Filet mignon is commonly cut into 1 inch to 2 inch thick portions, grilled and then served as is. When found in grocery stores, filet mignon is already cut into bacon wrapped portions. The usual method for cooking the filet mignon is to cook it on high heat by either grilling, pan frying, broiling or roasting. Restaurants may sometimes prepare the fillets served in a cognac cream sauce, au poivre with peppercorns or in a red wine reduction. http://nationaldaycalendar.com/national-filet-mignon-day-august-13/

International Lefthander's Day Being left handed isn’t that uncommon, but it’s a condition not widely catered for; Lefthanders Day promotes consideration for left handed people by promoting left handed activities, competitive challenges and general awareness raising. https://www.daysoftheyear.com/days/lefthanders-day/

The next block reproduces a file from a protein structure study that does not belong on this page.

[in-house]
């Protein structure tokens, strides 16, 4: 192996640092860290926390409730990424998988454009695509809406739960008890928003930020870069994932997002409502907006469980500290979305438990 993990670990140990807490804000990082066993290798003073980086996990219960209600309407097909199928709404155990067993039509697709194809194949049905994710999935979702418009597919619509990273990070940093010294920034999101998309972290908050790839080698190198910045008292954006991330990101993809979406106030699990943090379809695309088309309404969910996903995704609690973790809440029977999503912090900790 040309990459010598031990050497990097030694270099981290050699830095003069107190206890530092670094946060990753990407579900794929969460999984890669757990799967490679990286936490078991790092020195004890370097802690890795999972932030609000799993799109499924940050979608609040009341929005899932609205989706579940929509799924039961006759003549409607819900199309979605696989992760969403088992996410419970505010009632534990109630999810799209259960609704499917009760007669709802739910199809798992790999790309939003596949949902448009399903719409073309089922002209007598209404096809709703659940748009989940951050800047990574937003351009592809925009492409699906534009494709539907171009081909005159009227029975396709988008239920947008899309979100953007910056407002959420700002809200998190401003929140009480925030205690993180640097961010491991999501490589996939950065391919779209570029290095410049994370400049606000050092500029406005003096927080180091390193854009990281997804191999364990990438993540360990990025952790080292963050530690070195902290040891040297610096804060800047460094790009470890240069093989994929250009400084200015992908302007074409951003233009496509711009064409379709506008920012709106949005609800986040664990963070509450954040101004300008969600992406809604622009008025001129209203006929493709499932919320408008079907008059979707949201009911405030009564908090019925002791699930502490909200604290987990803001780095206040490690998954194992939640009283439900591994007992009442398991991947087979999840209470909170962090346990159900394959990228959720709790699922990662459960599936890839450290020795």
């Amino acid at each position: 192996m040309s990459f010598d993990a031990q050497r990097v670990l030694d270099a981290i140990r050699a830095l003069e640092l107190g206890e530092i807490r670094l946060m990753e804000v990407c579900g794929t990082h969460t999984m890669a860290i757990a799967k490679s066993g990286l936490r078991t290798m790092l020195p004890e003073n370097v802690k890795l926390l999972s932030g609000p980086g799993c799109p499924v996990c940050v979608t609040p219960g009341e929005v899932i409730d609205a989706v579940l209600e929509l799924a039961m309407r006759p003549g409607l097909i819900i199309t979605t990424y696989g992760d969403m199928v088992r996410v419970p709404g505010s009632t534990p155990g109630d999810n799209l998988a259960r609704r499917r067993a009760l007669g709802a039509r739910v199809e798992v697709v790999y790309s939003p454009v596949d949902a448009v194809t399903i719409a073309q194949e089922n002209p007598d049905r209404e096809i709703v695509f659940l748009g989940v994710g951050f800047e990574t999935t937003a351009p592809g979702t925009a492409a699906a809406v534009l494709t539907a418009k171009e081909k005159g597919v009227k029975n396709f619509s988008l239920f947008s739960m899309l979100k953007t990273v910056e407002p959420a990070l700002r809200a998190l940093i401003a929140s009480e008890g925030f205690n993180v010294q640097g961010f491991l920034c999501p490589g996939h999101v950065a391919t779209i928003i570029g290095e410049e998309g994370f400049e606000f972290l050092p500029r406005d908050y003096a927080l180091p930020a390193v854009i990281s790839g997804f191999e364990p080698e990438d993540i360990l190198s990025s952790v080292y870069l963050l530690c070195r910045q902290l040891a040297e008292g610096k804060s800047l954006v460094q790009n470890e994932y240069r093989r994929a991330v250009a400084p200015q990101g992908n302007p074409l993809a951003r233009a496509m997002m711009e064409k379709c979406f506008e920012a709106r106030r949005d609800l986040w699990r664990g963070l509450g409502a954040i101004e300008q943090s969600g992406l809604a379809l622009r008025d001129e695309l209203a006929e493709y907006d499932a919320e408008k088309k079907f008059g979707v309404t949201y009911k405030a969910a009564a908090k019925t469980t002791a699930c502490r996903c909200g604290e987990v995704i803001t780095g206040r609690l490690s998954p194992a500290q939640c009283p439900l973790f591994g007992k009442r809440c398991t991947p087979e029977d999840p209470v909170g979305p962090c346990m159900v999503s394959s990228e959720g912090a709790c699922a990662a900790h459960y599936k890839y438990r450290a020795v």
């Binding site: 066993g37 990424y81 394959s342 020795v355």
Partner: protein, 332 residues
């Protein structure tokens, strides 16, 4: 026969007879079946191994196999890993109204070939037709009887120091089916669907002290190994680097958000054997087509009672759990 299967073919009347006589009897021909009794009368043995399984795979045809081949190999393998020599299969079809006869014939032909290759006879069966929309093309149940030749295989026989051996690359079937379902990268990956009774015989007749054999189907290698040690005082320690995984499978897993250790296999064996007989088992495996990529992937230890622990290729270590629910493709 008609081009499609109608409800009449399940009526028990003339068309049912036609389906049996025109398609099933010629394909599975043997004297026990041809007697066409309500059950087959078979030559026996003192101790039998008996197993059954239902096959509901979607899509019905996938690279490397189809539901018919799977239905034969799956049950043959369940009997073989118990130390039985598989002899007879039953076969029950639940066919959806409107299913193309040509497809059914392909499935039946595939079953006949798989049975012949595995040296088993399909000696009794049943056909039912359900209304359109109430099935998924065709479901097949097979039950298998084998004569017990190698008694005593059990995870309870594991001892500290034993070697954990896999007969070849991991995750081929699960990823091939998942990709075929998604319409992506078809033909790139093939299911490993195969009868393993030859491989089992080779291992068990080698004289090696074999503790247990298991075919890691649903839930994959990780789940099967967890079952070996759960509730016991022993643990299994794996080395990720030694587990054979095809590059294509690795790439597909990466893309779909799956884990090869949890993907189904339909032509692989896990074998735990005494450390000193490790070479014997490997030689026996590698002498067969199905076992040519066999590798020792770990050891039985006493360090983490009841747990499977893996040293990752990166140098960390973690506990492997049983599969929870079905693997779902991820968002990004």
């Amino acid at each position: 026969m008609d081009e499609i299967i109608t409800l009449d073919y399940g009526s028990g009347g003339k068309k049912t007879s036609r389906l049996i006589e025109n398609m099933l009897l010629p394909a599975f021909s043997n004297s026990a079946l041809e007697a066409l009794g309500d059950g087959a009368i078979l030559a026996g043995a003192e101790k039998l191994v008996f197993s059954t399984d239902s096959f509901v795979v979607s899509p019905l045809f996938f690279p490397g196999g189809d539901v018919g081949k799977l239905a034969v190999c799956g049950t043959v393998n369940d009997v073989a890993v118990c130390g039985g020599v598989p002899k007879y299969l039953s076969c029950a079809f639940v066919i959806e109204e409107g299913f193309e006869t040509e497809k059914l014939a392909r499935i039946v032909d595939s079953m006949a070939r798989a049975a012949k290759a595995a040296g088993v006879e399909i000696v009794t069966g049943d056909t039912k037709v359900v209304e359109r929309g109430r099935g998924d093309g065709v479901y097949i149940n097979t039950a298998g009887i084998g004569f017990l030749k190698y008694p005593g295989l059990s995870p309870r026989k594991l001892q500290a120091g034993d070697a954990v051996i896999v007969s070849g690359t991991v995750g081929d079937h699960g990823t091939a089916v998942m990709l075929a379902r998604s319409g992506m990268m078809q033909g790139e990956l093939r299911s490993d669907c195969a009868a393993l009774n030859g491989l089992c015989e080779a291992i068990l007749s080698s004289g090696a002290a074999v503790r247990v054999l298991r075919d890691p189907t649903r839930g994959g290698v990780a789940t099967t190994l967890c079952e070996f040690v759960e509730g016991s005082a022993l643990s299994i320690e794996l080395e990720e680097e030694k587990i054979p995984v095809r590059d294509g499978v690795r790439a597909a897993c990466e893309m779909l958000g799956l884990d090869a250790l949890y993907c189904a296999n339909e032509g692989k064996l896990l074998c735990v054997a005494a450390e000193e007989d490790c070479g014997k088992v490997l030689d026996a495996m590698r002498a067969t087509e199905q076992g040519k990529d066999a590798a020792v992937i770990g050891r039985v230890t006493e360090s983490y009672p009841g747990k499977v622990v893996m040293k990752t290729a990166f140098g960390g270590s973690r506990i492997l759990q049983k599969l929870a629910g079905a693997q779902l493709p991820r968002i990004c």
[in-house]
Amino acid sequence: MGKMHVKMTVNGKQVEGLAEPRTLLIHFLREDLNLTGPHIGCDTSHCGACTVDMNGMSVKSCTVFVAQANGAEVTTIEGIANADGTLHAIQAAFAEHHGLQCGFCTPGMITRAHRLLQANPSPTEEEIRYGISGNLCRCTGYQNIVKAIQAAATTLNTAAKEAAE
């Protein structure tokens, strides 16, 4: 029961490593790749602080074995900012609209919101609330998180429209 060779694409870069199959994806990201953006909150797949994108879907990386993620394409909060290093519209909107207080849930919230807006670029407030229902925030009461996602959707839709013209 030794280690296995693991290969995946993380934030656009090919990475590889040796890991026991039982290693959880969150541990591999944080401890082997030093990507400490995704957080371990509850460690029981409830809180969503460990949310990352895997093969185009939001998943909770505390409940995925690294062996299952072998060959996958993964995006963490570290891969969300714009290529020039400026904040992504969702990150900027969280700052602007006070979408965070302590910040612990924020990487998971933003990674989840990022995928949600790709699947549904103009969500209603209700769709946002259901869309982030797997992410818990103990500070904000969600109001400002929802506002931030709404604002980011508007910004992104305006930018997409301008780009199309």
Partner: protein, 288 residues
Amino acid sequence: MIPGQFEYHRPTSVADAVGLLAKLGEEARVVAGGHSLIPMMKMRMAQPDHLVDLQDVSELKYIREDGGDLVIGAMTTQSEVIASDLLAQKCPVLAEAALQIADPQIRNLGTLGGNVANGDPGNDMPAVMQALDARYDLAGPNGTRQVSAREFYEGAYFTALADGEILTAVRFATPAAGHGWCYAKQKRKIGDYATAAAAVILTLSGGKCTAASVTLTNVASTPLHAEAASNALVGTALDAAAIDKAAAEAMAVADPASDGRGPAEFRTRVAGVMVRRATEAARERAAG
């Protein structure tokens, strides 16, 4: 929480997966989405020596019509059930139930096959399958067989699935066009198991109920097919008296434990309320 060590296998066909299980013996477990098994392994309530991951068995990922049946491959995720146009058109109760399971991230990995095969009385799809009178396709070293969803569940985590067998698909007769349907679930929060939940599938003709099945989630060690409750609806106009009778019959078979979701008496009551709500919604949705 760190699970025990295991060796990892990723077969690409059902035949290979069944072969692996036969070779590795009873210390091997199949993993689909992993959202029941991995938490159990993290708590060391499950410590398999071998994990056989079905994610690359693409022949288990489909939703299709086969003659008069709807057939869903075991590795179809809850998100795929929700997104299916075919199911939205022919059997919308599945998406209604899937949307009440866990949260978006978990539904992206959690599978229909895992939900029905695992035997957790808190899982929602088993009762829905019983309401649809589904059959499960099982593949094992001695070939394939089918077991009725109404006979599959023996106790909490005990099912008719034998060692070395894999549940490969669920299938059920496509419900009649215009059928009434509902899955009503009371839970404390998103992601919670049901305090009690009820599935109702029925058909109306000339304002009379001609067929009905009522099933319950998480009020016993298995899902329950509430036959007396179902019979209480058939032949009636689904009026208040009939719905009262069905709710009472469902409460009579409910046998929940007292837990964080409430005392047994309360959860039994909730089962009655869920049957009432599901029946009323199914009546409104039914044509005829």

PolitiFact: Americans For Prosperity’s ‘facts’ are FALSE

Americans for Prosperity (AFP), one of the Koch Brothers right-wing conservative front groups, is financing the right-to-work campaign in Missouri with TV and radio ads and print materials like door hangers.

The unvarnished truth, according to PolitiFact.com – a fact-checking project of the Tampa Bay Times and its partners, the “facts” used in AFP’s materials are all lies, distortions and half-truths.

That’s not the Labor Tribune’s assertion (we knew it all along) but the result of in-depth studies of AFP’s statements and issue papers made over time by PolitiFact.com, which has built a reputation for holding politicians and their front groups accountable their statements with a Truth-O-Meter rating.

As noted in the attached chart, based on independent review of 15 recent statements made by AFP not a single one was “True” or even “Mostly True.” They were all rated “Half Truth” (13%), “Mostly False” (40%), “False” (33%) and “Pants on Fire” or a total bald-faced lie (13%).